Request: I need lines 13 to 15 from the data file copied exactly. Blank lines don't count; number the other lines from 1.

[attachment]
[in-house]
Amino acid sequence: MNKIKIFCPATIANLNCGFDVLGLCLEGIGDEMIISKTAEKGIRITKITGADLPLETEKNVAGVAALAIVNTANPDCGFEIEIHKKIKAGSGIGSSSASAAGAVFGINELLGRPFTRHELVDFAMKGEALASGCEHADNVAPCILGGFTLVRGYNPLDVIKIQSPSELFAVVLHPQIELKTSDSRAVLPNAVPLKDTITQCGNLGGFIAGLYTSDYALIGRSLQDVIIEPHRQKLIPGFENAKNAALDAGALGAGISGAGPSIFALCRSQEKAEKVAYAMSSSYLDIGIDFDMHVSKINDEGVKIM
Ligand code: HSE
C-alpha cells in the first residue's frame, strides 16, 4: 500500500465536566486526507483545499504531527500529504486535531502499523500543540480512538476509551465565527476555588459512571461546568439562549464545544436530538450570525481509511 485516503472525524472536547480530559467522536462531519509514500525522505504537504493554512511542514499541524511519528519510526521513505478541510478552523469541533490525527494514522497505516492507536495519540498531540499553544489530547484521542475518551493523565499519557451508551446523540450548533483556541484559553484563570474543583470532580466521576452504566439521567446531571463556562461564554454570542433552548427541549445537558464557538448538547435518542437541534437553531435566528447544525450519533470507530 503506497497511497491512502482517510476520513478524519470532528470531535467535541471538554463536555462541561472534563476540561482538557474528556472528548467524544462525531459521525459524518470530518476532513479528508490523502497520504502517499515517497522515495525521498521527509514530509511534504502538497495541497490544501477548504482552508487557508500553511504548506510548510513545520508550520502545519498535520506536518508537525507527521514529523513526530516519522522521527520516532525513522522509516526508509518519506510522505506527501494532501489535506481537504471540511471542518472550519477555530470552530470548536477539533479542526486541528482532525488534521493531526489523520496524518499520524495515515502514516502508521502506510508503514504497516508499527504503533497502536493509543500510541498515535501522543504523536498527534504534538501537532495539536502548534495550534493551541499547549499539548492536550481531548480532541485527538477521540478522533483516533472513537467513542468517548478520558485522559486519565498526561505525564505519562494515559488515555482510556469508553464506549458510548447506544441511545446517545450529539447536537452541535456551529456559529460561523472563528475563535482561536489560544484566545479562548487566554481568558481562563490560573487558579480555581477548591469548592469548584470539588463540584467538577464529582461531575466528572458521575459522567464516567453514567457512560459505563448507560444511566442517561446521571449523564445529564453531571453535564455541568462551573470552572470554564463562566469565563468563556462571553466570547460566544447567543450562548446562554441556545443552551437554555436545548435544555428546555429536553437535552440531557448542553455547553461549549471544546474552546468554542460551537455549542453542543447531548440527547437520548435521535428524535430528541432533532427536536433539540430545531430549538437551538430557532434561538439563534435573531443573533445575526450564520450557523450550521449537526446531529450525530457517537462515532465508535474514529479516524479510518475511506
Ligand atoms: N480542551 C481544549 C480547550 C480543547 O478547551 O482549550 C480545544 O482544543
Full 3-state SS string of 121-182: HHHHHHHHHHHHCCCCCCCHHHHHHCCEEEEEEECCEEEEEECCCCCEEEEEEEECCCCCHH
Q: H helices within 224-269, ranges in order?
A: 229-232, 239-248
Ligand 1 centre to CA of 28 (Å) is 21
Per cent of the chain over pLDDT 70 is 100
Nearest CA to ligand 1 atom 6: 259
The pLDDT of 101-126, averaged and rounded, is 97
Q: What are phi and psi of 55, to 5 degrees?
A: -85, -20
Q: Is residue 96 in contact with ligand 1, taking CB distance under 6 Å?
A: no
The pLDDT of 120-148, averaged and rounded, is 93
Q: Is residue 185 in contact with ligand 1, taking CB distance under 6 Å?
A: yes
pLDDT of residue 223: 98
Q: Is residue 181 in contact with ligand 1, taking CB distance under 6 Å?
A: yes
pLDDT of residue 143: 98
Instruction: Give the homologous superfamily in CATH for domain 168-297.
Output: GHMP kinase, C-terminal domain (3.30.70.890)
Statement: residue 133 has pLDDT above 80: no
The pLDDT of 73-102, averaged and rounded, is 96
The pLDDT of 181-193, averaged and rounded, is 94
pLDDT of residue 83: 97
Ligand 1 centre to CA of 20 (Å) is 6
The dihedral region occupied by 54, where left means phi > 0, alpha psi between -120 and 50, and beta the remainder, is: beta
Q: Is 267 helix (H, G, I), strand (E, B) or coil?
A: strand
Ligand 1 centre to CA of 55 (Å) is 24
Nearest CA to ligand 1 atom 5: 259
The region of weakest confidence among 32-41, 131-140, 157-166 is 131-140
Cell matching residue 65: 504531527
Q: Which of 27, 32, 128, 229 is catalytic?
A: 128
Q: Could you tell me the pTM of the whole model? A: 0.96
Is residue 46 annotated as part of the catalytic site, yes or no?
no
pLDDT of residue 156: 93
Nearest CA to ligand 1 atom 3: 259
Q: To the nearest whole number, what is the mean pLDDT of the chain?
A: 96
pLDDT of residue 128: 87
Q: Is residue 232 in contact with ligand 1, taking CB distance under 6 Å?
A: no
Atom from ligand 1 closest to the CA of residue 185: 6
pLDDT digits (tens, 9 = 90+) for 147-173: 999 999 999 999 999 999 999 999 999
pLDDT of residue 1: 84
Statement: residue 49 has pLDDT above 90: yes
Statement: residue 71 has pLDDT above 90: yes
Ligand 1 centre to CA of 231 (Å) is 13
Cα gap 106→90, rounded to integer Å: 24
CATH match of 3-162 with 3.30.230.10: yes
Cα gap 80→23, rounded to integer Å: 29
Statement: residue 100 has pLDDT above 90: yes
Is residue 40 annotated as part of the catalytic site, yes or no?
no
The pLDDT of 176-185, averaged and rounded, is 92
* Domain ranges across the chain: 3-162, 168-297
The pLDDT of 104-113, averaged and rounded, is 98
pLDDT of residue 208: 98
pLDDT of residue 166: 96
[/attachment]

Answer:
Q: What are phi and psi of 55, to 5 degrees?
A: -85, -20
Q: Is residue 96 in contact with ligand 1, taking CB distance under 6 Å?